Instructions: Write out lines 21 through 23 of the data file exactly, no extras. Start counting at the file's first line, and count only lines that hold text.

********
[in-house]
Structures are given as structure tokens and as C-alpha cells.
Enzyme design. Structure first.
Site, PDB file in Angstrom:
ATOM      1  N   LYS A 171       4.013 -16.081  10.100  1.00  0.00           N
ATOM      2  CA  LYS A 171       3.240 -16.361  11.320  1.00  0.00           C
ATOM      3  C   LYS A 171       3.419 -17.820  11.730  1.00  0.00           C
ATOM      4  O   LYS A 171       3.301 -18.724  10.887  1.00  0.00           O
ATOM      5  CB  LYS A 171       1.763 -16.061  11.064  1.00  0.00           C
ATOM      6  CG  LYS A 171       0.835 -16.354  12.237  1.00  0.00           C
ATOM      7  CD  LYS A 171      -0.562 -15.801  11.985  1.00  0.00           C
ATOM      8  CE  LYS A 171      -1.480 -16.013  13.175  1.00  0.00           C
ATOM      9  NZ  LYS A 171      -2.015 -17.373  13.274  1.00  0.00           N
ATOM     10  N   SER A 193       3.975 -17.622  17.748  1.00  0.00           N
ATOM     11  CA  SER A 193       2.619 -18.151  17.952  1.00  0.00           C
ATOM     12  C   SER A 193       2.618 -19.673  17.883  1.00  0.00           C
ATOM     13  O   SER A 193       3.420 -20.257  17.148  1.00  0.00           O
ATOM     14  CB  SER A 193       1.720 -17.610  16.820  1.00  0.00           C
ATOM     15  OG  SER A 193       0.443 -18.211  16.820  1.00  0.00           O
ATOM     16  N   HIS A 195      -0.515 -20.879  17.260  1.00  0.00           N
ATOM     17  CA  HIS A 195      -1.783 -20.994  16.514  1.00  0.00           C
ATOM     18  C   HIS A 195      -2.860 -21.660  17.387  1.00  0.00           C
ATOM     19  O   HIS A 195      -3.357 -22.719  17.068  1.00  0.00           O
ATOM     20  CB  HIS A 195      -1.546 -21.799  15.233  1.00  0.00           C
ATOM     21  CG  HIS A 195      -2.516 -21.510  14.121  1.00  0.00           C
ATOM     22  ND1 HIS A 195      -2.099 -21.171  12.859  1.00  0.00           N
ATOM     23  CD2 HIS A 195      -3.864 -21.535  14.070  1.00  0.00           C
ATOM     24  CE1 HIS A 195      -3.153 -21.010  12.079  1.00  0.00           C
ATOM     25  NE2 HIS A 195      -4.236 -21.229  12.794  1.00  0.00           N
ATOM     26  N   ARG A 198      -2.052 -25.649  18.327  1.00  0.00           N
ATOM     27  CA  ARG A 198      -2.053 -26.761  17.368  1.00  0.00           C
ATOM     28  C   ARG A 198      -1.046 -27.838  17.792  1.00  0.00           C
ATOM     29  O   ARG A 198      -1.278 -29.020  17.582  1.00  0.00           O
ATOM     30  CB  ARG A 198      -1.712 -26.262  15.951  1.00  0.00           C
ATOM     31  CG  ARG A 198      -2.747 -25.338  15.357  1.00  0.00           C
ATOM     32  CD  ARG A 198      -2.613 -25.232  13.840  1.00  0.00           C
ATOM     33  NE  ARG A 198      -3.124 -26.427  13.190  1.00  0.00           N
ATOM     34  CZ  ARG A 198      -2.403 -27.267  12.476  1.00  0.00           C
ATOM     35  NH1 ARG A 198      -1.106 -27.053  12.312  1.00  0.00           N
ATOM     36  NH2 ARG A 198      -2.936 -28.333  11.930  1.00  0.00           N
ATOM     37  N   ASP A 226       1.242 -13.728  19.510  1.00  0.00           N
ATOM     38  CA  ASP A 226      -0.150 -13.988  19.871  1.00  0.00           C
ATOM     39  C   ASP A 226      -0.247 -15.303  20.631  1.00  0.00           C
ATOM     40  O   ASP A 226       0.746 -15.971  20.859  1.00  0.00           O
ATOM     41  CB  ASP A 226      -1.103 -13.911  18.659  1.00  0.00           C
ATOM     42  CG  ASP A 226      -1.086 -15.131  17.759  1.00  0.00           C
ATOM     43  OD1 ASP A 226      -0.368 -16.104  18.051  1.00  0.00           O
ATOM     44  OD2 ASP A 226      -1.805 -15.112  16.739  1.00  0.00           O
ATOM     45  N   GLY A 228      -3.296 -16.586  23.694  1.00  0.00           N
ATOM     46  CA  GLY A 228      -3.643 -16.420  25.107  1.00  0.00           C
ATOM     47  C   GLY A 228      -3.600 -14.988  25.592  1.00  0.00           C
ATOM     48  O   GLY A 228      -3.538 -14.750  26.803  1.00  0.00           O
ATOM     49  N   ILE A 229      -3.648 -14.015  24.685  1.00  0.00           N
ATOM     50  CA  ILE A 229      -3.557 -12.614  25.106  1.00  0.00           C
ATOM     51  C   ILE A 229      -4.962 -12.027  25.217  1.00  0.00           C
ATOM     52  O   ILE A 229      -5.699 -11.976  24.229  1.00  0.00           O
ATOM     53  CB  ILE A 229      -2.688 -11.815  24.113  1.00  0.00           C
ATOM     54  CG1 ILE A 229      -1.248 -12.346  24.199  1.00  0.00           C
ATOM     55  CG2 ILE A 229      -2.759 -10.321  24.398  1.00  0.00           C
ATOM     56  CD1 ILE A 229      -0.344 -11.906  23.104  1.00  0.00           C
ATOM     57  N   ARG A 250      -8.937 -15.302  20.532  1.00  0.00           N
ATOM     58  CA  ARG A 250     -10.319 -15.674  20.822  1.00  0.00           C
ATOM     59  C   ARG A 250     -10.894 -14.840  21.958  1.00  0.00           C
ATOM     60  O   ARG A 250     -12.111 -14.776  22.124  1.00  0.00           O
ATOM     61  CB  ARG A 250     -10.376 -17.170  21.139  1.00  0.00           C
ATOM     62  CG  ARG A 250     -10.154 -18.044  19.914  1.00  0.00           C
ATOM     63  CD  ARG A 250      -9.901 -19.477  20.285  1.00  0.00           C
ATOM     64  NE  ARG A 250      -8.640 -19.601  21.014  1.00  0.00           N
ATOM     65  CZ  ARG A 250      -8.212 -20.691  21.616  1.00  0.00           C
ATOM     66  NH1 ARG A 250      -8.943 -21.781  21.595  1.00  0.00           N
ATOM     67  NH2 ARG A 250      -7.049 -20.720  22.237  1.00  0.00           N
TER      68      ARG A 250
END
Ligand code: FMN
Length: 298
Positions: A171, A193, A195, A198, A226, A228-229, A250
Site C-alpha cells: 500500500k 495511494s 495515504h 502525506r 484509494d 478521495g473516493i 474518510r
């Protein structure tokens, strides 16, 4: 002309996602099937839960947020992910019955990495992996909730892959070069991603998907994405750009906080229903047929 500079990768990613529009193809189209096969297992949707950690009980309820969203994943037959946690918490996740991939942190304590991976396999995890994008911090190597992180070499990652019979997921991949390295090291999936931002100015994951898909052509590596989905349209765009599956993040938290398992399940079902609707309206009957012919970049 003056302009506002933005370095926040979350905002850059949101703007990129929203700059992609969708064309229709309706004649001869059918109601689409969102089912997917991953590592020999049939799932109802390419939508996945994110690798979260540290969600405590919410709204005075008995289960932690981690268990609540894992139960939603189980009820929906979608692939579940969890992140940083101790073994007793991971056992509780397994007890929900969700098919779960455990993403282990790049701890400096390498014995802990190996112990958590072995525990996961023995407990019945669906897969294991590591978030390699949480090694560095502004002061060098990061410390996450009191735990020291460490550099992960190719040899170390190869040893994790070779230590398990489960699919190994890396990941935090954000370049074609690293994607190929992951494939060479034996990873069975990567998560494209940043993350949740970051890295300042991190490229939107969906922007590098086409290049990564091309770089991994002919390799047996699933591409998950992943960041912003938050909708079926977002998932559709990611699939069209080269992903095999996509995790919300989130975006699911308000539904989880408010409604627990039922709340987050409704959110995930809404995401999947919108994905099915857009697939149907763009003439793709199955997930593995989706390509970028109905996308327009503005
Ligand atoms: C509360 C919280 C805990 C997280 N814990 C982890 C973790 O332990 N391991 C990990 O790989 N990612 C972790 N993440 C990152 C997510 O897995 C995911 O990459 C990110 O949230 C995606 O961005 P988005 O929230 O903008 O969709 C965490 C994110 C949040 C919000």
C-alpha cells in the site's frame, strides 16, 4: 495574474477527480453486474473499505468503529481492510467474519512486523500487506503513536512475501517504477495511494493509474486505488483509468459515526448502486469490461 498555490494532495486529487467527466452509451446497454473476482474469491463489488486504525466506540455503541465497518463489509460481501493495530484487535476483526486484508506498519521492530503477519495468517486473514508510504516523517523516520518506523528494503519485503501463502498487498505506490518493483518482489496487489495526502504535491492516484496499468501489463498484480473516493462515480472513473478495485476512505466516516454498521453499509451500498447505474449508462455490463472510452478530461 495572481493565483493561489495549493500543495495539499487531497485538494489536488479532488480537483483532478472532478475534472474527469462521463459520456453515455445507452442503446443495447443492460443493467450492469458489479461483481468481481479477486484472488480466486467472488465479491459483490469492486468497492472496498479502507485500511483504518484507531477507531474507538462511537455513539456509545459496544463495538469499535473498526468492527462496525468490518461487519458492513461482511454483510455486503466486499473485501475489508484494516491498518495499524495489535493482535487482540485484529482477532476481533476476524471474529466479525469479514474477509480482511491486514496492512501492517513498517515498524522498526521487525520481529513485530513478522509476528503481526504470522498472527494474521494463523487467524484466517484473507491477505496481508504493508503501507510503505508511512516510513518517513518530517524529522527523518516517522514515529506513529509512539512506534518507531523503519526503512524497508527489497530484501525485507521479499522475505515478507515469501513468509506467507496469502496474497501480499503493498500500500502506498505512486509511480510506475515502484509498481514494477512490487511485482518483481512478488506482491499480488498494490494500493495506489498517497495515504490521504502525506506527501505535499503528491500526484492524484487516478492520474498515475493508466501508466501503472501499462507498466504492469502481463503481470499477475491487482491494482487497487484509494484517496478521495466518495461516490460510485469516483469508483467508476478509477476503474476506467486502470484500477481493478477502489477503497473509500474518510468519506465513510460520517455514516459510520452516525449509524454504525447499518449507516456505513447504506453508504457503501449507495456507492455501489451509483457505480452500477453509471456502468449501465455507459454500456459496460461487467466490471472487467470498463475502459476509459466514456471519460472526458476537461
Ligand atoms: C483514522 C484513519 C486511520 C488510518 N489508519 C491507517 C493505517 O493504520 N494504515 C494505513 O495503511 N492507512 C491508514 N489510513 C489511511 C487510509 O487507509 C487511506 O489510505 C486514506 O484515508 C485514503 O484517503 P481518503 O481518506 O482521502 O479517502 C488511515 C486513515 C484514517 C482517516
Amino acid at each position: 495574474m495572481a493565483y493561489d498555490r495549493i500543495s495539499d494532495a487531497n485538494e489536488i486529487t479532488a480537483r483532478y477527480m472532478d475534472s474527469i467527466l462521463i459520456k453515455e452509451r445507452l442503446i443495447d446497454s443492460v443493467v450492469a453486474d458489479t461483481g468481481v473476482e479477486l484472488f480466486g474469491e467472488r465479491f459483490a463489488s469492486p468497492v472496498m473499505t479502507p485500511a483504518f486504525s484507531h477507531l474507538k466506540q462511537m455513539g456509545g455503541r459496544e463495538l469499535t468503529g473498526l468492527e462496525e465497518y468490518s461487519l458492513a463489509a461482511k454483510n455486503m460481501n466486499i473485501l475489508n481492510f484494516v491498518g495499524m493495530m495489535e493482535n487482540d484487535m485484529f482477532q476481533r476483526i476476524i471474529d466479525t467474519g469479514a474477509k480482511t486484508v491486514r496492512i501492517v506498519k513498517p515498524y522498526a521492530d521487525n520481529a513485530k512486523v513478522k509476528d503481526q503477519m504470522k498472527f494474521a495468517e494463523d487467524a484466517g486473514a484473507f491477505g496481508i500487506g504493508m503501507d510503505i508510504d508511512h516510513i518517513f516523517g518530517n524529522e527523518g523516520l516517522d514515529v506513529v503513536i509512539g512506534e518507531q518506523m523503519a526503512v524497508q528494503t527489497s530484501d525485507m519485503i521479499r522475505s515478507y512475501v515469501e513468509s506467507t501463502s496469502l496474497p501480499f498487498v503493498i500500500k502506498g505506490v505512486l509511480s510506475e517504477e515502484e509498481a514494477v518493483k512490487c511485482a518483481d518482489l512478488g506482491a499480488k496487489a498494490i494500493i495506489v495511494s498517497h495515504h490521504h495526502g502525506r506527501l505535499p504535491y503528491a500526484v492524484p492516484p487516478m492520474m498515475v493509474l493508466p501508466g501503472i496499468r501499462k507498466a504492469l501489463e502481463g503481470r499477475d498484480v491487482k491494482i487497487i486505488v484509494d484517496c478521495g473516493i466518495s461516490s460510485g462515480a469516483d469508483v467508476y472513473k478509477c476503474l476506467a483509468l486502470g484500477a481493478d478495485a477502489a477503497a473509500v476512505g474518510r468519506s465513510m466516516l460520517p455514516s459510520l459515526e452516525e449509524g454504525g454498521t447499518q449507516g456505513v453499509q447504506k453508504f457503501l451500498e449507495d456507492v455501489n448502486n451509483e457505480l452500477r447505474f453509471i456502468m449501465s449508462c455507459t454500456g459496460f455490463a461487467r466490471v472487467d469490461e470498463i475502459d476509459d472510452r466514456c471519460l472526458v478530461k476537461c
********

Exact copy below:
ATOM     17  CA  HIS A 195      -1.783 -20.994  16.514  1.00  0.00           C
ATOM     18  C   HIS A 195      -2.860 -21.660  17.387  1.00  0.00           C
ATOM     19  O   HIS A 195      -3.357 -22.719  17.068  1.00  0.00           O